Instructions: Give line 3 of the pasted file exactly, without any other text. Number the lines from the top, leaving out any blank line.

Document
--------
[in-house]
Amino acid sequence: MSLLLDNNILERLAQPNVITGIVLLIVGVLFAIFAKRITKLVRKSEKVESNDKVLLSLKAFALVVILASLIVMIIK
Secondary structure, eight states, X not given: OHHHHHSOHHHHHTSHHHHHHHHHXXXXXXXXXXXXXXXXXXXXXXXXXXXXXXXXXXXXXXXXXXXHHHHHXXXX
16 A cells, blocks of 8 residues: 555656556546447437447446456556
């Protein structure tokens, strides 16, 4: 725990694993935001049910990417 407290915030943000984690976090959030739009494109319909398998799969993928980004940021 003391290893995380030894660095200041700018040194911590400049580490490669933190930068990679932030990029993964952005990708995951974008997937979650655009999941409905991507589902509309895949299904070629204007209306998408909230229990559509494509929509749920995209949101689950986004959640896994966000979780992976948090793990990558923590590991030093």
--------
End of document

Secondary structure, eight states, X not given: OHHHHHSOHHHHHTSHHHHHHHHHXXXXXXXXXXXXXXXXXXXXXXXXXXXXXXXXXXXXXXXXXXXHHHHHXXXX